PROGNOSIS: The Glory of Jesus

Step 4: Initial Prognosis (Eternal Solution) – The Glory that Saves
With Jesus, a different kind of glory arrives which Paul describes as a “greater glory” (3:10). This glory is “permanent” (3:11) and it “gives life” (3:6). It signals “the end” of the first glory. Here, again, all three meanings of “the end” apply and, in fact, wondrously converge in Jesus. But first, it is crucial to note that the former glory does not end simply because it is discarded. God does not just flip the switch on the first glory and apologize for having turned it on in the first place. No, its power blazes on–beaming directly at us. It ends only because Jesus positions himself between it and us. He takes the Law’s deadly heat. That’s what Jesus did on the cross. He allowed the glower of the Law to destroy him. He suffered both the end (as in “the purpose”) of the Law and the end (as in “the consequences”) of the Law in his body, leaving us (our bodies) unscathed. Thus Good Friday signaled the day when the Law’s time was up, and when its deadly consequence and its intended purpose were accomplished. In short, in Jesus the Law met its ends. Furthermore, and this is what makes that news so good, because of Jesus’ glorious triumph over the Law, a new and bright future shines on us called eternal life.

Step 5: Advanced Prognosis (Internal Solution) – Basking in Glory
When we look at Jesus we see God’s greater glory beaming at us–and not just at us, but in us; that is why Paul calls Christ’s glory a reflected glory: “the glory of the Lord as though reflected in a mirror” (3:18). The glory of Christ is not only reflected on us, it also transforms the way we see the world: “When one turns to the Lord, the veil is removed” (3:16). Seeing Christ with unveiled faces, we go from one degree of glory (the Law) to another (the Gospel). In Jesus we see, for the first time, the glory of the Law unveiled; we see the “death” and “condemnation” which would have been ours had Jesus not intervened. Simultaneously, we see the greater glory: the life and justification in Christ that replaces the Law. Thus, when we see God’s glory in Jesus, we see a merciful God. We feel the glow of his pleasure, and reflect it back. It’s like the flashes of pride a parent beams across the room at the child. “‘Atta girl! You’re really something! You just tickle me pink!” Again, the child instantly understands. But this time the parent “lights up her life,” and she is aglow with joy; she snaps into action, she sings, she dances, she radiates the love she has received. So we glow with God’s love for us in Jesus.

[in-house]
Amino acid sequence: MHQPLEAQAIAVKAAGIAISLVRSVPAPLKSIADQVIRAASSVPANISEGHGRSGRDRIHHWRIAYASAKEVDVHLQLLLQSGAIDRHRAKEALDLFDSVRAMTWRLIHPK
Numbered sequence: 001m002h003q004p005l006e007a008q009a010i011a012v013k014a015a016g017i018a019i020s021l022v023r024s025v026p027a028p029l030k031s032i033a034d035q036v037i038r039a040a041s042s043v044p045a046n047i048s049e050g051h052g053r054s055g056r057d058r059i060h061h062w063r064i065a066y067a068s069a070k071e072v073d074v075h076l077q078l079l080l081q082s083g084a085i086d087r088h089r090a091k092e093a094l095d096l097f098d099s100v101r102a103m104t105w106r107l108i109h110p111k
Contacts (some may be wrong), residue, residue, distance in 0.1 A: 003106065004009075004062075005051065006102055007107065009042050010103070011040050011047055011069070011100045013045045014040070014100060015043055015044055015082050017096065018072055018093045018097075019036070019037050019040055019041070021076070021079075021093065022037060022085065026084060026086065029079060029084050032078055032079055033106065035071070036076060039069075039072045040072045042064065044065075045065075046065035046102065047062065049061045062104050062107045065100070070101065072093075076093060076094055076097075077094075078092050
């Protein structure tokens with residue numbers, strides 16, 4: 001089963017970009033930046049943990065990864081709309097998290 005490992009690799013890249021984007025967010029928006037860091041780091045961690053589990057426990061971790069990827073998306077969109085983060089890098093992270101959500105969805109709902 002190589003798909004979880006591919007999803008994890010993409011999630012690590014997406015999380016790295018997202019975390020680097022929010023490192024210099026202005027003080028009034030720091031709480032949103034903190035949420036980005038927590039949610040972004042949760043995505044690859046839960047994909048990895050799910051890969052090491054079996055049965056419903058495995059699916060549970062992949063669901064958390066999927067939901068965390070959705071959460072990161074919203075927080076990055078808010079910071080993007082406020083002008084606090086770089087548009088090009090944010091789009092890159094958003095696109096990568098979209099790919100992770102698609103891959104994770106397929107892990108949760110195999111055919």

Step 6: Final Prognosis (External Solution) – Mirroring Glory
The glow of our faith is reflected (as in a mirror) in many directions, both to God and to the people around us. And it results in what Paul called the “ministry of justification” (3:9, the opposite of the Law’s ministry of condemnation). Here are some of the characteristic of that ministry: “We act with great boldness” (3:12); we are made competent to be ministers of God’s new covenant (3:6); we know true freedom in Christ (3:17); and we are honest and open about who it is we preach (4:2). In short, the ministry of justification “gives life” (v. 6).